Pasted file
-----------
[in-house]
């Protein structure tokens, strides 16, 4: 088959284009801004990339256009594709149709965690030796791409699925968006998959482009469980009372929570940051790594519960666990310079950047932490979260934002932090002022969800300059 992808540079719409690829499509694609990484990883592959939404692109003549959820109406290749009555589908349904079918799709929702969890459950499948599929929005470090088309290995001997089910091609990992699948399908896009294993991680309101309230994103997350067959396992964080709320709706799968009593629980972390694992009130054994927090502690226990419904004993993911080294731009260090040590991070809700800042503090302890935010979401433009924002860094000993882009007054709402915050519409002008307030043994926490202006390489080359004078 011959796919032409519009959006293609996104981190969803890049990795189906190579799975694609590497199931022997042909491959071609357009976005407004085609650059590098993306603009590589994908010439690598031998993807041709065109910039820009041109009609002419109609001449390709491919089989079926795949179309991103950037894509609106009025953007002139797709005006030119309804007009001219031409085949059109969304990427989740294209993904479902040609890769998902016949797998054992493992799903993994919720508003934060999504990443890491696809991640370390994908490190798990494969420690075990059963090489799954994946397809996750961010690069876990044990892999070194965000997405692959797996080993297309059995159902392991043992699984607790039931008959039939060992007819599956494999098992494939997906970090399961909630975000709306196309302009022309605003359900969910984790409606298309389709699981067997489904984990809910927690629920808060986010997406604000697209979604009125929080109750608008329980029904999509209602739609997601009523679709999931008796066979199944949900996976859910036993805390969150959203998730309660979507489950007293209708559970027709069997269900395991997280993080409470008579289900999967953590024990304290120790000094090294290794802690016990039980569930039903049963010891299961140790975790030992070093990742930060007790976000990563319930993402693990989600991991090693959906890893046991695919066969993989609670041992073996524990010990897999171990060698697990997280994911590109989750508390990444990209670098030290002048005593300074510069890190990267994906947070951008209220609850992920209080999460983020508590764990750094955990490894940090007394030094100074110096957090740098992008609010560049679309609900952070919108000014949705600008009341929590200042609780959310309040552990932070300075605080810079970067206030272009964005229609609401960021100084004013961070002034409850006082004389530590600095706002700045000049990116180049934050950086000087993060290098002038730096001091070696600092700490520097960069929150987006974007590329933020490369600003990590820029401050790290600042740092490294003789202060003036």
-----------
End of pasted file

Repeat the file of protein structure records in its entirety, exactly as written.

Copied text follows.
[in-house]
């Protein structure tokens, strides 16, 4: 088959284009801004990339256009594709149709965690030796791409699925968006998959482009469980009372929570940051790594519960666990310079950047932490979260934002932090002022969800300059 992808540079719409690829499509694609990484990883592959939404692109003549959820109406290749009555589908349904079918799709929702969890459950499948599929929005470090088309290995001997089910091609990992699948399908896009294993991680309101309230994103997350067959396992964080709320709706799968009593629980972390694992009130054994927090502690226990419904004993993911080294731009260090040590991070809700800042503090302890935010979401433009924002860094000993882009007054709402915050519409002008307030043994926490202006390489080359004078 011959796919032409519009959006293609996104981190969803890049990795189906190579799975694609590497199931022997042909491959071609357009976005407004085609650059590098993306603009590589994908010439690598031998993807041709065109910039820009041109009609002419109609001449390709491919089989079926795949179309991103950037894509609106009025953007002139797709005006030119309804007009001219031409085949059109969304990427989740294209993904479902040609890769998902016949797998054992493992799903993994919720508003934060999504990443890491696809991640370390994908490190798990494969420690075990059963090489799954994946397809996750961010690069876990044990892999070194965000997405692959797996080993297309059995159902392991043992699984607790039931008959039939060992007819599956494999098992494939997906970090399961909630975000709306196309302009022309605003359900969910984790409606298309389709699981067997489904984990809910927690629920808060986010997406604000697209979604009125929080109750608008329980029904999509209602739609997601009523679709999931008796066979199944949900996976859910036993805390969150959203998730309660979507489950007293209708559970027709069997269900395991997280993080409470008579289900999967953590024990304290120790000094090294290794802690016990039980569930039903049963010891299961140790975790030992070093990742930060007790976000990563319930993402693990989600991991090693959906890893046991695919066969993989609670041992073996524990010990897999171990060698697990997280994911590109989750508390990444990209670098030290002048005593300074510069890190990267994906947070951008209220609850992920209080999460983020508590764990750094955990490894940090007394030094100074110096957090740098992008609010560049679309609900952070919108000014949705600008009341929590200042609780959310309040552990932070300075605080810079970067206030272009964005229609609401960021100084004013961070002034409850006082004389530590600095706002700045000049990116180049934050950086000087993060290098002038730096001091070696600092700490520097960069929150987006974007590329933020490369600003990590820029401050790290600042740092490294003789202060003036």